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The scene opens with Blanche sitting in the bedroom, fanning herself and reading a letter. Stella enters.
Blanche laughs and explains that she’s reading over her letter to Shep, in which she pretends her life is hunky-dory and full of fancy cocktail parties and the like.
From upstairs we hear the sounds of Eunice and Steve fighting. Eunice is accusing her husband of carrying on with another girl. Steve strikes her, and she yells that she’ll call the police.
Eunice runs downstairs and offstage.
Stanley arrives home and asks about all the ruckus. Stella informs him that Eunice went to the Four Deuces to have a drink.
Steve then clamors into the downstairs apartment with a big bruise on his head. He inquires after Eunice and then rushes off to the Four Deuces to find her.
Blanche tries to banter with Stanley while he makes himself comfortable at home, which involves lots of banging around. Blanche winces at every noise he makes.
Then, she predicts he’s an Aries (as in his astrological sign), since he’s so loud and aggressive.
Stella tells her he was born after Christmas, so Blanche cheerily announces he’s a Goat (Capricorn).
Stanley then asks Blanche her sign, and she announces that she’s a Virgo, the Virgin.
He scoffs at this. (Ouch!) Then he asks if she knows someone named Shaw.
Blanche tries to hide her shock as Stanley explains that a guy he knows, Shaw, heard of Blanche in Laurel (the town where she taught and used to live) at a place called Flamingo Hotel.
Blanche casually remarks that he must have her mixed up with someone else, as the Flamingo is a seedy joint and she wouldn’t be caught dead there.
Sure, says Stanley, he’ll just have Shaw check and clear up the mix-up the next time he visits Laurel.
Blanche turns white.
Outside, Steve and Eunice are returning home, wrapped in each other’s arms and cooing sweet nothings of love.
Stanley heads out to the Four Deuces to get a drink himself.
Blanche immediately turns to Stella, asking if she’s heard any gossip about her and what she was doing in Laurel. Blanche admits that she “wasn’t so good the last two years or so.”
Blanche explains that she was never “hard” or “self-sufficient,” and that people like her who are “soft” have to “glow” to compensate. You have to be both soft and attractive, she says, and now that her looks are fading she’s in trouble.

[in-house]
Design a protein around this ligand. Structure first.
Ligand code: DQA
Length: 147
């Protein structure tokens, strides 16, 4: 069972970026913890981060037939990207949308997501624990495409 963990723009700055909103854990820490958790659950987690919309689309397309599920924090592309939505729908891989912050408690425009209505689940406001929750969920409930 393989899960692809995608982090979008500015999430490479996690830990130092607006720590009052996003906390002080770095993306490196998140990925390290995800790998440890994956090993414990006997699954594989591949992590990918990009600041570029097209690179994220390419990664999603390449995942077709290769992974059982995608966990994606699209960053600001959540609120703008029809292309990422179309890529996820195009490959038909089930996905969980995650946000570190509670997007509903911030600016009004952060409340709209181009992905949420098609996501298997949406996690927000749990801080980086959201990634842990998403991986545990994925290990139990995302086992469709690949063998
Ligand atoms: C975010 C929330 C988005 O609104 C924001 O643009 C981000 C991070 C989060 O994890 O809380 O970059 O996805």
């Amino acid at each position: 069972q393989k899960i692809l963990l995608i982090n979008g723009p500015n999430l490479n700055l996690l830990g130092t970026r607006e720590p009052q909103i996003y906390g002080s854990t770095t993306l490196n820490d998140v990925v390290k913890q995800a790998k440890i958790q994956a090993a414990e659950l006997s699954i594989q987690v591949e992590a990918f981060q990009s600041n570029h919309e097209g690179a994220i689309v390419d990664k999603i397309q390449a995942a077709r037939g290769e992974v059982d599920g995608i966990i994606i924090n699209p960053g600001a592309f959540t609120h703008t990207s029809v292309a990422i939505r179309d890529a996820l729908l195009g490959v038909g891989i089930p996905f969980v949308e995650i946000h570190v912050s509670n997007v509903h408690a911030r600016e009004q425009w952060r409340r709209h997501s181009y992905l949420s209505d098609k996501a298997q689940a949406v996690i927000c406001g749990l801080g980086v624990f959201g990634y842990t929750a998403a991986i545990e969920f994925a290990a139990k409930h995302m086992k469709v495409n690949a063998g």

Stella brings her sister a coke, which seems to cheer her up. Blanche wants a shot in it, so Stella heads to the kitchen.
Blanche thanks her and admits that she loves being waited on.
Then, she becomes suddenly sentimental, clasping Stella’s hand and promising that she won’t stay and be a burden to them much longer.
Stella begins to pour the coke into a glass, which foams over and spills a bit on Blanche’s skirt. Blanche overreacts, screaming shrilly. She’s clearly on edge.
While cleaning her skirt, Blanche shifts the topic of conversation to Mitch. He’s coming over at seven. She explains that she’s kept their relationship from getting physical, not allowing him more than a good-night’s kiss.
She’s worried about this balancing act, though—if she keeps him waiting too long he might lose interest, but, on the other hand, if she gives in too quickly he’ll have no reason to continue pursuing her.
Her age (“over thirty” is all she says) is another problem, since she hasn’t told him how old she is yet. She wants to “deceive him enough to make him want [her].”
Stella asks a particularly important question: does Blanche want Mitch?
She wants to rest, she answers, so yes, she wants Mitch. If she marries him, she’ll be taken care of.
Stanley comes around the corner bellowing for his wife to join him at the bar. Stella kisses Blanche and cheerfully insists that things will work out with Mitch. Then she runs off to join her husband, leaving Blanche alone.
Right about then, a conveniently placed Young Man comes around to the door, taking up payment for The Evening Star paper.
Blanche invites him in for a drink, but he refuses, as he can’t drink on the job.
Blanche explains that she has no money to give him, as she’s not the lady of the house, just a visiting relative.
The Young Man thanks her and tries to leave, but Blanche tries to keep him there. She asks for a light.
He lights her cigarette and again tries to leave, but Blanche stalls for more time, asking him inane questions like what time it is and doesn’t he love the weather like this and what did he do earlier when it rained? And what kind of soda did he drink in the afternoon?
The point is that the whole exchange ends with Blanche saying, “You make my mouth water!” and stroking his cheek.
The poor kid is at this point definitely trying to leave (and all the while trying to be polite), when Blanche compliments his looks and says that she wants to kiss him, “just once, softly and sweetly, on [the] mouth.”
The Young Man, probably figuring this is the only way she’ll let him leave, complies. Blanche kisses him and then tells him to run off, since she’s “got to be good—and keep [her] hands off children.”
Just after the Young Man leaves, Mitch arrives with flowers for Blanche. She greets him gaily.